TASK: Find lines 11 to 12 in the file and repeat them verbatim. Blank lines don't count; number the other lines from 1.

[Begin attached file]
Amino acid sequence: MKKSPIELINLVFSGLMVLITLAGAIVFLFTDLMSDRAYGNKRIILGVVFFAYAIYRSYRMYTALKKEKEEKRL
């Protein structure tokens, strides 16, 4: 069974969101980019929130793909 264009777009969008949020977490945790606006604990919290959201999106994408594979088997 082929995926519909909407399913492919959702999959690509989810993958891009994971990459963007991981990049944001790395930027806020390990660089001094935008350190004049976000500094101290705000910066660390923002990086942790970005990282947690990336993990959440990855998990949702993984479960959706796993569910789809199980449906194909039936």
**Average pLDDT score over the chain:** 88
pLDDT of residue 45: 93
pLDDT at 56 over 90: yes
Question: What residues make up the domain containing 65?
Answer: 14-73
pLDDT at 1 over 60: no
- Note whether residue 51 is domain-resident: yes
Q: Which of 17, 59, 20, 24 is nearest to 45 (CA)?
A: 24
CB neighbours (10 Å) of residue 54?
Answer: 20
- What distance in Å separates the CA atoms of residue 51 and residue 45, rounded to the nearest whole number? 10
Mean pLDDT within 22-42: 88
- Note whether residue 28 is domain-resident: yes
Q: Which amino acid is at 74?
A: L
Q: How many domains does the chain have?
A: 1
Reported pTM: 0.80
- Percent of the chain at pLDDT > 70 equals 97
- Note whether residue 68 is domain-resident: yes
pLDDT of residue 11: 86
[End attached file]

A: 24
CB neighbours (10 Å) of residue 54?